I ladled it on top of the cornbread and sprinkled a little cheese on mine. David said this was a really good dinner. Since he would like to eat a slab of steak and potatos every night, this is high praise for him....

I've been enjoying finding healthy, frugal recipes on all kinds of blogs. This is one of my favorite posts about cooking beans. Enjoy!

Friday, September 12, 2008

Cheap, homemade, yet classy, wedding gift...

I've already showed you how to paint plates here. Yes, I am the queen of the homemade baby plate... but I am also the queen of the homemade wedding plate! Monogramming is the rage currently, and I haven't had a chance to try my hand at it in awhile. (Yes, I know, this is a stinky picture. I had trouble getting the plate to stand still.)

It seems like the weddings that I used to attend are giving way to baby showers... and there was awhile there that I wasn't interested in doing anything but trying to keep up with Seth and shower, so... I am now back in the saddle.

There are tons of great monogramming stencils available, but not at your local Michaels. Their selection is pathetic. Try A.C. Moore. That's where I got the alphabet ($5) that this came from. They also had a kit that had one set of capitals and a slightly smaller set, if you want to do a three initial monogram.

I got the plate at Walmart for $3. Don't worry all ye who fear my stinginess... this isn't the only thing the bride is getting from us. I'm tucking a gift card in there, too.

Thursday, September 11, 2008

The times, they are a changin'...

CBS started today! I held my new smelling study notebook on Deuteronomy in my hands and smiled. It felt like a new start in learning who my God is, just like every new study does for me.

But things have changed a lot this year at CBS. Last year, we met at a regular looking church building, only a couple of miles from my house. I don't go to a traditional looking church (mine meets in a converted hotel), so it was a treat to come in and sit in wooden pews and gaze at the light coming through stained glass windows.

No more. I got a call this summer, telling me that CBS was moving to... the church I currently go to for MOPs. I made a face and got ridiculously upset. Not at the person telling me; it was a message. Just mad at the situation. See yesterday's post for more info about my love affair with change of all kinds.

See, I loved it at the old church, and I don't like the other church so much, layout wise. Its a converted industrial building, there are no windows in the nursery, and I don't think there's a playground. Seth loved the playground last year. And my one chance at pews and stained glass was going bye bye. I was not pleased.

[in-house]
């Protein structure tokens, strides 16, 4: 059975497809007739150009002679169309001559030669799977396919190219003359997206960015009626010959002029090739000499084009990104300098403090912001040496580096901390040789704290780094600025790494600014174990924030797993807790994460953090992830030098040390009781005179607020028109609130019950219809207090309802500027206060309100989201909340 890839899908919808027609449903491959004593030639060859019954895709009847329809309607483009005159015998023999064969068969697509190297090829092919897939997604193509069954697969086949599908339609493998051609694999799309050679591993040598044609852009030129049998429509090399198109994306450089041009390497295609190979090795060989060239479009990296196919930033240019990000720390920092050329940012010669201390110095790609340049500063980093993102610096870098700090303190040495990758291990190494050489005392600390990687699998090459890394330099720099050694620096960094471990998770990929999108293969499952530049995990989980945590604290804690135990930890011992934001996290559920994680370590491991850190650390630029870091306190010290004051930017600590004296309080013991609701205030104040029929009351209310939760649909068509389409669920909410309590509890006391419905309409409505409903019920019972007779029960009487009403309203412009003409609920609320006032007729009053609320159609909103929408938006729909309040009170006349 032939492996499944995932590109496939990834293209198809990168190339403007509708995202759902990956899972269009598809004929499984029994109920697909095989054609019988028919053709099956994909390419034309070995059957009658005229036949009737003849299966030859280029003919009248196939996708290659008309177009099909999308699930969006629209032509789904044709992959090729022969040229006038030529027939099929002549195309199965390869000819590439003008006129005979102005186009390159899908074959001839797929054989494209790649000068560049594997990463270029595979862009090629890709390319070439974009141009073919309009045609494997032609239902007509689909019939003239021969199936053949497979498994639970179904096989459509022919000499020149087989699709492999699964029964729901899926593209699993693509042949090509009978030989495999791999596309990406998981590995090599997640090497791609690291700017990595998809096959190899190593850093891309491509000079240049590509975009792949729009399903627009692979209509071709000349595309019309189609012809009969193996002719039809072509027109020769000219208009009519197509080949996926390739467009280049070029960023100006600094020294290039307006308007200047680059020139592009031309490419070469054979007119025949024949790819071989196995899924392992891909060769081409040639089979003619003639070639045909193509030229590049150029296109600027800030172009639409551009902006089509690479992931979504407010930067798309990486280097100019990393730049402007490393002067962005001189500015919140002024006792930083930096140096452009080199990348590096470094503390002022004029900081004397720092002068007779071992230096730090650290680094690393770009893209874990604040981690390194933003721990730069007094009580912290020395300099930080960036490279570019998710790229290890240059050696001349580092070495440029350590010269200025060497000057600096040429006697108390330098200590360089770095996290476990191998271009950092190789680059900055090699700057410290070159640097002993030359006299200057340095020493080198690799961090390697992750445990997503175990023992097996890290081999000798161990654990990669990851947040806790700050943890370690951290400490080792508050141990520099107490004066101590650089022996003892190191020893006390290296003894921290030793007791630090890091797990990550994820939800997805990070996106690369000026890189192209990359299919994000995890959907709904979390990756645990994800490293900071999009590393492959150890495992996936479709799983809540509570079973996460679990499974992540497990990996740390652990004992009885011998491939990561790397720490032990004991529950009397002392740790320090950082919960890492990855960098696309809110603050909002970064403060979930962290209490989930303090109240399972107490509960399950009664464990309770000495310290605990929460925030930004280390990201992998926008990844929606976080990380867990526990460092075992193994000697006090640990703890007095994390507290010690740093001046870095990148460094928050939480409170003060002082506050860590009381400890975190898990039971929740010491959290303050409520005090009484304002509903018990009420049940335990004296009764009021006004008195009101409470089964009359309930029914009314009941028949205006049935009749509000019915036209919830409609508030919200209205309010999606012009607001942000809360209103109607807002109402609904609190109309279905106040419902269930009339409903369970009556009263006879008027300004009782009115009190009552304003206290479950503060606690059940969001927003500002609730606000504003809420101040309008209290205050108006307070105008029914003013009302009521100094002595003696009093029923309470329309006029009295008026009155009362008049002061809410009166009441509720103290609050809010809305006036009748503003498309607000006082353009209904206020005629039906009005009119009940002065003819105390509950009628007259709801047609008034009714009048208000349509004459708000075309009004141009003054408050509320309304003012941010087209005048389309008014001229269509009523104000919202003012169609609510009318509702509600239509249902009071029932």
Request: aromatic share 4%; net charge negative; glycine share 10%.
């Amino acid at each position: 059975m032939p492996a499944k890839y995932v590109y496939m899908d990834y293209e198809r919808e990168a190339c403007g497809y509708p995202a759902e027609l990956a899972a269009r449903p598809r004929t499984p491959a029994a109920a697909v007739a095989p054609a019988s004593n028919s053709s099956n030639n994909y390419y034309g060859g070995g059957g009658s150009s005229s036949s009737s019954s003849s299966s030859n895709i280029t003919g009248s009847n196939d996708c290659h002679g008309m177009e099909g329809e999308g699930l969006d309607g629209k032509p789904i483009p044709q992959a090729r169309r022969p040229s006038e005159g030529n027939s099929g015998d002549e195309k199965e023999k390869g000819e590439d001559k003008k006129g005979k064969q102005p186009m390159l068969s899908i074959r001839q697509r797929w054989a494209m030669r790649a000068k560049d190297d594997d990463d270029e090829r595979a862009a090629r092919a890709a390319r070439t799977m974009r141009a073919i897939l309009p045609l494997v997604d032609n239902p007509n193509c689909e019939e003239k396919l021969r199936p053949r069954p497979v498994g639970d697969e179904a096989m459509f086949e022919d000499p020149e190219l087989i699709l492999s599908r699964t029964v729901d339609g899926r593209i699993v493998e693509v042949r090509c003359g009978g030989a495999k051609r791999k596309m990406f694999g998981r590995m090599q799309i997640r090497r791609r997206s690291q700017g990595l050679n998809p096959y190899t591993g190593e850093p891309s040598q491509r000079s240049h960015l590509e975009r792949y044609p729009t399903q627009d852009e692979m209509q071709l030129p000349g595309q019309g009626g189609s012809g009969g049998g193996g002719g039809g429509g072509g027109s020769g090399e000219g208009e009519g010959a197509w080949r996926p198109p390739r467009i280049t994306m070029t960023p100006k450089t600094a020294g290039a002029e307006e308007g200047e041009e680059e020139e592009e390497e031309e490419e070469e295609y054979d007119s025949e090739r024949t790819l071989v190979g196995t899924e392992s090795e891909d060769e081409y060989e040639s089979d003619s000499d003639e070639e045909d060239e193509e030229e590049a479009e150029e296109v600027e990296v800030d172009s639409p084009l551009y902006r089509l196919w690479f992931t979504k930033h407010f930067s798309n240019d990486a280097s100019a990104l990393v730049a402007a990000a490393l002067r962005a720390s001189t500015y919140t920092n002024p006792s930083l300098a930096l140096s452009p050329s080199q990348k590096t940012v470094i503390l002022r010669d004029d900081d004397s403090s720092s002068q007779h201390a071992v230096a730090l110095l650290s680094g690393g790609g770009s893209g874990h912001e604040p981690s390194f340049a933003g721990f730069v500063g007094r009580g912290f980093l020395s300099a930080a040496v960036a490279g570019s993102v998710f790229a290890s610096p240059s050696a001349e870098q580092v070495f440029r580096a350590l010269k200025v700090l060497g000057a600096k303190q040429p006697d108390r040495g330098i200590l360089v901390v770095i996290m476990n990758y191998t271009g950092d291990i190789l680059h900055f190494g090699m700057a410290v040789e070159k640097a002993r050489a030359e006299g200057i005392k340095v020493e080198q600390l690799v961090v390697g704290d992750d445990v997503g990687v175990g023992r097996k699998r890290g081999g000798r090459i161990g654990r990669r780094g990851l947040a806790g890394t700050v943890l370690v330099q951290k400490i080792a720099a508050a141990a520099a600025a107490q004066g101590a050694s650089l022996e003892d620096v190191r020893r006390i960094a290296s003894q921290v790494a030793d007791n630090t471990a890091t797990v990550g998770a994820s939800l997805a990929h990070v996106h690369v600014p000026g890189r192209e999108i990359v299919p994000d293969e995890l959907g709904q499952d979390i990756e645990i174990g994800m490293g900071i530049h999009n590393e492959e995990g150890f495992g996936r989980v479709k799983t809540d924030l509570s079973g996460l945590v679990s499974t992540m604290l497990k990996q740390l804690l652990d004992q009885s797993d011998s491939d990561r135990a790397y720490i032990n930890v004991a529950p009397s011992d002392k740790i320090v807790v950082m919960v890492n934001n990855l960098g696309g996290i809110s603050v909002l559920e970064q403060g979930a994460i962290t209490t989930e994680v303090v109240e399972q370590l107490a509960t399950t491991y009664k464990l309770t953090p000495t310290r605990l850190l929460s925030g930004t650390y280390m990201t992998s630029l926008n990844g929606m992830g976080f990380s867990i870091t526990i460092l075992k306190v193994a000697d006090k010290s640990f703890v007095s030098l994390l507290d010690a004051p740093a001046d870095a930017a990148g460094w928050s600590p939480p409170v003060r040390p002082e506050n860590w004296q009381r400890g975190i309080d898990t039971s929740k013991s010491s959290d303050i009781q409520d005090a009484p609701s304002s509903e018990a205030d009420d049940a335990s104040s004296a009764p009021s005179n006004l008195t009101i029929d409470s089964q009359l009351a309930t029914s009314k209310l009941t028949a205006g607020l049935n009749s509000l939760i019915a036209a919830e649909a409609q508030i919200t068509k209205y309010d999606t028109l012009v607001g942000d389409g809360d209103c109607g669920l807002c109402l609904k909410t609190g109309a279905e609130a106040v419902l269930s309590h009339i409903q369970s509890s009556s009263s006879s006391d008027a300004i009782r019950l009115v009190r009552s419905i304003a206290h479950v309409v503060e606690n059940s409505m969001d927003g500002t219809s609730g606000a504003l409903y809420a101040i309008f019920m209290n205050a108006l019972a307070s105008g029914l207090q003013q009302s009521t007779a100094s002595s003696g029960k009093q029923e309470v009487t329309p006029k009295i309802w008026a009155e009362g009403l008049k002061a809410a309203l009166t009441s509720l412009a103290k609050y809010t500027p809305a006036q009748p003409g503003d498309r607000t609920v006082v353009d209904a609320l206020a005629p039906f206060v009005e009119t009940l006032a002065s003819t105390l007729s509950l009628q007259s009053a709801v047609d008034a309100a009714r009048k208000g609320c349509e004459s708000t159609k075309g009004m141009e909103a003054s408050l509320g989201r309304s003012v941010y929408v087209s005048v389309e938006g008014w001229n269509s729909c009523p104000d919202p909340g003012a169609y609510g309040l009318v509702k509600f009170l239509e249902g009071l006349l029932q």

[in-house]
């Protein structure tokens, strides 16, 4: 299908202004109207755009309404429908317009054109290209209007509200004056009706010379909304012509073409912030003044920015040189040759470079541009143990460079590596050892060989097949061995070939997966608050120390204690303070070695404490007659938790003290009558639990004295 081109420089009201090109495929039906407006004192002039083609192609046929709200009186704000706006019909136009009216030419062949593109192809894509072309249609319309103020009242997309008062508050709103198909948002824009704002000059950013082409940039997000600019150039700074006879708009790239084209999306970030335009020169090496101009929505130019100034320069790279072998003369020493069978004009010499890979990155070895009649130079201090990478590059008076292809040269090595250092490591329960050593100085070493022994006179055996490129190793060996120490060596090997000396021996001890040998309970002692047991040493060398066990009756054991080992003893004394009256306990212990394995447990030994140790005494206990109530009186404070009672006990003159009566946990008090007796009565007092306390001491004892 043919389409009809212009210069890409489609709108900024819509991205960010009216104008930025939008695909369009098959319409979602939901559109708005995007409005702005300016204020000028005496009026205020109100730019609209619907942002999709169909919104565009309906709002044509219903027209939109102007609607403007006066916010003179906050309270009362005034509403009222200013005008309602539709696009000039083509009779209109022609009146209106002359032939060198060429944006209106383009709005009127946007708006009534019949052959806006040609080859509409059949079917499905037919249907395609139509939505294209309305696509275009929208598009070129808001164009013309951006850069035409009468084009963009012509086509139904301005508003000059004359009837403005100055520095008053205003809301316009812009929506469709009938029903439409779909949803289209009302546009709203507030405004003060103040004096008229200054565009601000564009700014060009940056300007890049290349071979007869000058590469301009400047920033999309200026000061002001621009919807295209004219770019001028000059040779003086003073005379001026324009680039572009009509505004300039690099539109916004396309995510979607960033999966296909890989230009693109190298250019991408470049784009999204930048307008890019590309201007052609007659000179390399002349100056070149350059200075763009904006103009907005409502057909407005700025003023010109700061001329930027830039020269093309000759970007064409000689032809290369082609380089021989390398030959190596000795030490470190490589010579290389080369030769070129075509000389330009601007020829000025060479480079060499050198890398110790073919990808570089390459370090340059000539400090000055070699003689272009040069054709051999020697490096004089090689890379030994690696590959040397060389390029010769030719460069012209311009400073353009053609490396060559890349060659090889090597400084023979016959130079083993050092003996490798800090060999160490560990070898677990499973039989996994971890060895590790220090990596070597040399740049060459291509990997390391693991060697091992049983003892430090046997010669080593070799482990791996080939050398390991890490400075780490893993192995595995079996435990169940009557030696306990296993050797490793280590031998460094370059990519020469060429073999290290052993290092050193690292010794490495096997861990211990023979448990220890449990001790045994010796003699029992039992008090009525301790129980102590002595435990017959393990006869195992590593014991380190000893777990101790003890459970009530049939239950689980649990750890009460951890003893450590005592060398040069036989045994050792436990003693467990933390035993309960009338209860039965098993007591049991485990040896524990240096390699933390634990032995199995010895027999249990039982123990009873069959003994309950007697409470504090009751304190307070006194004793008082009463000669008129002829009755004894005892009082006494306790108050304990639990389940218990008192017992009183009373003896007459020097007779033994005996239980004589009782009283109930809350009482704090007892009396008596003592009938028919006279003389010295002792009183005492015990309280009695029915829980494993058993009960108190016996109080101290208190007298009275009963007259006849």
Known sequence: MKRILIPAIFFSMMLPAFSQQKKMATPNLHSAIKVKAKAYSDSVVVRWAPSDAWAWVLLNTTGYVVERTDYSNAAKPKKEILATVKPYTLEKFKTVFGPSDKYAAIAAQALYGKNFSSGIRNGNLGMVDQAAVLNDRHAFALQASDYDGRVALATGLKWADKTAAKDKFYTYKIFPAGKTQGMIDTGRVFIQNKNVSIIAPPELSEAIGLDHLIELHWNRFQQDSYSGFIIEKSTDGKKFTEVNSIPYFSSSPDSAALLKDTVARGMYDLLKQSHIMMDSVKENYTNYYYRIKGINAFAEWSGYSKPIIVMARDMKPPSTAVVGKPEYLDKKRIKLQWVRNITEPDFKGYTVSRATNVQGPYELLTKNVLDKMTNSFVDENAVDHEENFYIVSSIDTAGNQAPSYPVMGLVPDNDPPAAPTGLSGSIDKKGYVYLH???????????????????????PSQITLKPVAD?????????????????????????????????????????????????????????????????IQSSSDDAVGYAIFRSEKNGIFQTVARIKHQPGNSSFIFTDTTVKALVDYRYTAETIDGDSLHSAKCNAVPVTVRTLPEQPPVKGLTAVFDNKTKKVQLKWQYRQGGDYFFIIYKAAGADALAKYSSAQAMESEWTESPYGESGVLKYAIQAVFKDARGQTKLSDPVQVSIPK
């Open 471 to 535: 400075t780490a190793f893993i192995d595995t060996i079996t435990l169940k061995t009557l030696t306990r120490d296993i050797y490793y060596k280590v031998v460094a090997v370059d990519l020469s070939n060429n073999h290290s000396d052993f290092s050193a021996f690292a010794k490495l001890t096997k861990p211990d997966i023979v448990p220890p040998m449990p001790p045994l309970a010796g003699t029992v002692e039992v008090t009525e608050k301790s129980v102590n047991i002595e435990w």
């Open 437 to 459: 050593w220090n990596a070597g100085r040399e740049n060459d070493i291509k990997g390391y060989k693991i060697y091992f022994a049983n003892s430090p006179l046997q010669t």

But God in his mercy has taught me not to judge quite as quickly as I used to. I remembered all the times in the past that I went into a situation, expecting it to be bad, and came out surprised that it was better than I'd expected.

So today... all the little old ladies who also loved their church pews and all the mommies who were a little frustrated that their kids have no windows came together for the first meeting. We met in a hip coffee bar area of the industrial church building. Instead of pews, we sat at round tables. But all the familiar faces were there, beaming. We were just glad to be getting together to study God's word.

And as the new study leader talked, I began to see God's potential new plan forming...

-Because there is more space at the new church, there is more room for extra children's classes.

-Because this is a younger church, new young mommies signed up for the class, swelling the membership rolls with a new generation.

-Because there is more space, it is now possible to do leader meetings on the same day as the regular CBS day, thereby freeing up Tuesdays again for the current leadership.

-Because leadership doesn't have to commit to two days a week anymore, new leaders were inspired to commit.

-New leaders means that all the kids on the waiting list for the study were put into classes, so there are now many more kids studying the Bible on Thursday mornings.

-Because CBS now only meets on Thursdays, there are far less volunteers needed to watch the leader's kids while they meet.

-And now, those who help out with children on their given Thursday, can, *gasp*, listen to the lecture on the web because of the new technology the church provides, instead of having to stay afterward with their kids in child care.

Our 70-year-old, spunky study teacher is learning to use powerpoint, and she's chuckling instead of grousing about it. She talked about how great the tables were this morning for creating an informal atmosphere. We're all adapting, and it's beautiful to behold. If she can, I can, too.

I guess stained glass is overrated.

Wednesday, September 10, 2008

I would die for that...

I found something cool while surfing today. My friend, Paula, and I were always looking for good songs about infertility. There weren't many out there. So go here to look at this music video. I can't figure out how to imbed it.

A sad story about a little ol' car...

It was the summer of 1996, and a certain 17-year-old girl was about to find herself in possession of a brand new, red, Chevy Cavalier coupe. Sort of like a sports car, but not. =)